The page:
Robert P. Yagelski, Writing as a Way of Being

With gratitude (and a curtsey,) I thank you for accepting this broken form. Or perhaps a form as broken as I can allow it. I recognize self-imposed boundaries slowing crumbling, but I admit, there is still so much work to do. Form guidelines, examples, and samples have been a safety net. The idea of harnessing form and structure, understanding the rules, and playing by those was a critical component of why I returned to college. I assumed everyone understood something that I did not.  Beyond a degree, I needed to know what everyone else knows, what are the expectations? How should I be writing? How do I frame this? Say this? Explain this? While I still have some of these ghosts at the writing desk in my academic writing, my creative writing is unconstrained and expressive. Even if I chose form or example, I sense a bold ability to break the rules based on my agency and no other.



Monday, January 3, 2022

Mindful Writing Mantra and Essay [Excerpt]: Guest Post by Salem State University Student

 


Delay in Writing is Confidence in Writing


Emily Gummer


Emily Gummer is a junior at Salem State University studying Psychology.

...As I picture my mantra, the enśo is broken; this leaves room for growth. Even the best writers always need room for growth. The enśo is covered with flowers to further represent growth. I used flowers because they are one of my favorite things in the world. They are beautiful and peaceful--even the ones that aren’t. Flowers are all shaped differently: even the ugliest ones hold beautiful scents. By adding flowers, my writing is able to be ugly sometimes, but the scent is just as beautiful as the prettiest pieces of writing. 

Using my mindful writing mantra, I will take some time delaying this assignment so that maybe I will get some new ideas about what I’d like to add. Doing so will add confidence to my piece and my overall writing experience. 

For my mindful writing mantra, one would take an inhale while saying, “Delay in writing,” hold that breath, “is,” and exhale with, “Confidence in writing.” Thinking of my mantra as a breathing exercise will help me to write my paper. Breathing exercises are a great tool to use to ground yourself in the present moment: doing this while writing will clear any distractions you may be experiencing as you complete your written piece. 

I will continue to think of this mantra as a powerful gust of wind that will push away the fogginess surrounding my ideas and creativity. 

My writing mantra will guide and aid me, specifically during the prewriting phase because the majority of the time I procrastinate and find difficulty in beginning. My mantra may also help me during the revising or editing phase because if I need to add anything delay may occur, which is fine to experience. I’m going to bring up ghost readers and audience demons, mindlessness as misperceiving and Invention methods. About my draft of this project--I really enjoy my examples and descriptions of audience demons in which I describe them as actual demons... I also really enjoy my style of writing and the content I have added, especially with those examples.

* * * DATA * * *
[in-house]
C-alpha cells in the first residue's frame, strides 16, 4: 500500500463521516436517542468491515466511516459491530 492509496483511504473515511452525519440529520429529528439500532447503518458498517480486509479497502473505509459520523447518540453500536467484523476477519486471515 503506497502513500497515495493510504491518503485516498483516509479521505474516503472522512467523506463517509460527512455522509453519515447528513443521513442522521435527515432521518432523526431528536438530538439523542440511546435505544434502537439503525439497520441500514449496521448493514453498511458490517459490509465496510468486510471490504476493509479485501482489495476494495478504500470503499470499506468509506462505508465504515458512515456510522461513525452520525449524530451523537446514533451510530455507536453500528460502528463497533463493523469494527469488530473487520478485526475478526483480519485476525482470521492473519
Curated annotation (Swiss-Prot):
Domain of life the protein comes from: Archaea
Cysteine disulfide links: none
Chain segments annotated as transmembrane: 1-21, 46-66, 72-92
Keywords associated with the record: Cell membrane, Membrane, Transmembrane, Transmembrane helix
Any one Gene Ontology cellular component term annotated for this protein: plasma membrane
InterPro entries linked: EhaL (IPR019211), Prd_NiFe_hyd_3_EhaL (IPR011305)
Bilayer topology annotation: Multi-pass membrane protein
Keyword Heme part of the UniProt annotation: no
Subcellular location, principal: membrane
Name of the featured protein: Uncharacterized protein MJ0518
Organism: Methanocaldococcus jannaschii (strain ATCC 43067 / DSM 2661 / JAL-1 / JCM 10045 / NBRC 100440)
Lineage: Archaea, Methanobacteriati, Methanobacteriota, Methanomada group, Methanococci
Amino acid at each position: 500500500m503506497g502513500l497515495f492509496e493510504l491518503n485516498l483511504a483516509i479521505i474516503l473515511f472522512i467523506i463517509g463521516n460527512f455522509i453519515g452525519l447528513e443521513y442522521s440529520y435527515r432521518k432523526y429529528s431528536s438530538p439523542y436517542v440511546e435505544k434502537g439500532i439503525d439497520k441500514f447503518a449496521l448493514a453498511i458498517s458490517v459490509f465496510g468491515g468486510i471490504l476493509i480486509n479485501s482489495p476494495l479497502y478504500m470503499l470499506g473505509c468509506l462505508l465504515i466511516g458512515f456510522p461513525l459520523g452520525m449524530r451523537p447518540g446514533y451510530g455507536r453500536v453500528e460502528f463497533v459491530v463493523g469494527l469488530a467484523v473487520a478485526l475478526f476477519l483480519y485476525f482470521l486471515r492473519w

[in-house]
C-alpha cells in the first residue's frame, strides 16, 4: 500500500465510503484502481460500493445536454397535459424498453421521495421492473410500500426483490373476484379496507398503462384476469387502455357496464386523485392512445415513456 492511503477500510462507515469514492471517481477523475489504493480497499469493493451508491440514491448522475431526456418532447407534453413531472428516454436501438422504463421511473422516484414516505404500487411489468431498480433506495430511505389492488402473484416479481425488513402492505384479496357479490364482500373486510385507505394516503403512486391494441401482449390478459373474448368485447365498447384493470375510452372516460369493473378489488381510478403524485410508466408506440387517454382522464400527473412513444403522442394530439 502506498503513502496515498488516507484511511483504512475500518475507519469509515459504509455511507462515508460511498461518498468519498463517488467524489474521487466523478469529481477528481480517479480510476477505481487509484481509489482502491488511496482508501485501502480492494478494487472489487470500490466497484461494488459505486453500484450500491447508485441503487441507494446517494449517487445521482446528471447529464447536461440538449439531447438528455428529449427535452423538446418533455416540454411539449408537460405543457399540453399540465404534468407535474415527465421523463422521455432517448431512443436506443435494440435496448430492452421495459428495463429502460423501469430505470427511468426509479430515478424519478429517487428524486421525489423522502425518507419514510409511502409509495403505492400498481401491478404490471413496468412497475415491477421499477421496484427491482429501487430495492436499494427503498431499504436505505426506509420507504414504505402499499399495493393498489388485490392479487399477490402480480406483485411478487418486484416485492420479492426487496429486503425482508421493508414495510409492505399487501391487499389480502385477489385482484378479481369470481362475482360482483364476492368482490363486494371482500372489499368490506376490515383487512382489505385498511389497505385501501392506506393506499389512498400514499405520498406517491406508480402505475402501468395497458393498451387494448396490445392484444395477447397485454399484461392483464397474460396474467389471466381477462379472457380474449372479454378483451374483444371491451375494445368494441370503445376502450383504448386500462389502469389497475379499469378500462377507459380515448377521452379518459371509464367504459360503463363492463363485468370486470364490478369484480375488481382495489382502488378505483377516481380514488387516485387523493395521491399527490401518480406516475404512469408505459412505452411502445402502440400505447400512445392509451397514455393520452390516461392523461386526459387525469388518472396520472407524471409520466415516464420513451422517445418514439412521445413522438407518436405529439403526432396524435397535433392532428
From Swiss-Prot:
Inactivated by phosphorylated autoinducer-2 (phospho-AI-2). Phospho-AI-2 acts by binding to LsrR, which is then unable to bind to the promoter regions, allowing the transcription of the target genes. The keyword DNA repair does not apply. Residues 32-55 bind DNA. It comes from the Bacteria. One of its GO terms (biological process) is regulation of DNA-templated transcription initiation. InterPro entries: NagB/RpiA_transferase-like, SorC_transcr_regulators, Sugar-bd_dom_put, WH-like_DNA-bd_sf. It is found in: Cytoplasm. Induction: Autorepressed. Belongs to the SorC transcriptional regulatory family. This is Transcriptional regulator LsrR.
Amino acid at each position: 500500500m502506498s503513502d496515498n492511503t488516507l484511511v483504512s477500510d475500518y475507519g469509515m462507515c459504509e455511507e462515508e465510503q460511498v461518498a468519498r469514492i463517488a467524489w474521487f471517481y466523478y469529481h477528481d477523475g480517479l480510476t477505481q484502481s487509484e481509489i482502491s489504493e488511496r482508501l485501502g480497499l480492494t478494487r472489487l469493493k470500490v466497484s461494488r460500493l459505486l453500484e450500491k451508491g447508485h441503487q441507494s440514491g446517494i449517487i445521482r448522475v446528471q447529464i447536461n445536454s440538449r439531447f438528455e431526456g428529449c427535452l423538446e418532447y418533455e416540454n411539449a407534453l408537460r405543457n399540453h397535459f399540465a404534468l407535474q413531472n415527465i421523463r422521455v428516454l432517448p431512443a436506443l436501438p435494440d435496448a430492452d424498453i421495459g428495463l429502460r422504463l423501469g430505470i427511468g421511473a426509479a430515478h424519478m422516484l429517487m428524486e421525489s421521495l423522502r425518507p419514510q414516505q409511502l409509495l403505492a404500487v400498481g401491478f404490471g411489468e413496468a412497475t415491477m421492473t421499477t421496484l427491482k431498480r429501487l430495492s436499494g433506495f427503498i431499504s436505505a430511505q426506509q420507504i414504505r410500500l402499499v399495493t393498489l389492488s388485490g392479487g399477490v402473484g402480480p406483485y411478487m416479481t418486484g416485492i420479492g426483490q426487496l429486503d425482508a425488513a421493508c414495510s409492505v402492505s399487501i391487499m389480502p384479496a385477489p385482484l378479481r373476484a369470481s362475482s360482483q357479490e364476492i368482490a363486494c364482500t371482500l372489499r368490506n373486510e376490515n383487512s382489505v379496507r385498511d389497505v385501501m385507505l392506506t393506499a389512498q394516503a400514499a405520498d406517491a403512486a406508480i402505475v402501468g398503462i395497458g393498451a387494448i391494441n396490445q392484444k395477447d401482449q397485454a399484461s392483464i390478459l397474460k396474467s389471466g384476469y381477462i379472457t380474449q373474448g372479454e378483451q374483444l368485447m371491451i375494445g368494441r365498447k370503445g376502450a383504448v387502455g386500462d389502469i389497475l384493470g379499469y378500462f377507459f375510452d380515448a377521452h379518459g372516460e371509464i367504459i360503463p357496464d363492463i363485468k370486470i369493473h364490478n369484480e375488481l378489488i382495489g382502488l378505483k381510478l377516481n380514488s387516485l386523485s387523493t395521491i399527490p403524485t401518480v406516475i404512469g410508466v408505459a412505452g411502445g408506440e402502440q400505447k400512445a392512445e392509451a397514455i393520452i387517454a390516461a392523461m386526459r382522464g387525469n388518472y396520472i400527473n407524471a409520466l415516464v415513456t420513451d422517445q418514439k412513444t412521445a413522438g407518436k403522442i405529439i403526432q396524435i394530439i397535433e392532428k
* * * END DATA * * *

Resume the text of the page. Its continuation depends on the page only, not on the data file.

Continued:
...Reciting a mantra over and over even before you start writing may remove any preconceptions that you have about your piece. Preconceptions are the beginning thoughts that come to your mind. Thinking and saying your mantra might help you think about the moment; in turn, thinking about the moment might put the preconceptions to ease. Saying your mantra over and over while in this stage can help you go past that. 

Many of my preconceptions include not writing something that will capture my reader's attention, but as you write you must let go of all the preconceptions as well as the opinion of the audience. The preconceptions you may have started out with become smaller and smaller until they have disappeared. 

Producing new ideas can be very difficult for people who don’t believe they are as creative as they’d like to be. By creating a mantra to help you in these specific situations, you will be able to come up with those ideas and become more creative throughout your piece of writing.


Wednesday, December 29, 2021

Mindful Writing Mantra and Essay [Excerpt]: Guest Post by Salem State University Student

 


Letting Go Releases Ego

Ashley Sliva


Ashley Sliva is a student in the Bertolon School of Business at Salem State University. 


Sit and imagine what it would feel like if everything you knew about yourself was false. Imagine yourself as a newborn, with no ability to judge yourself self and just be. No knowledge of what's “right” in this world nor otherwise. Take a few deep breathes and picture this. 

Maybe it's comforting or even a bit scary. Sometimes we must have a mindset of letting go of what we know to be true to free ourselves from our inner self-judgment and critic. This is something I must remind myself of during the writing process. I created the writing mantra “letting go releases ego” to help my writing.

...The main topic of my mantra is impermanence. The letting goes aspect of my mantra relates to the fact that everything is impermanent and ever-changing. Writing will never be stagnant, and changes will occur and are acceptable. 

Accepting the changes involved with writing is essential to the process. Letting go of the thought we need to be perfect on our first try will block ego from being set free. Allowing ourselves to write with no motive but words on the page helps release our inner judgment.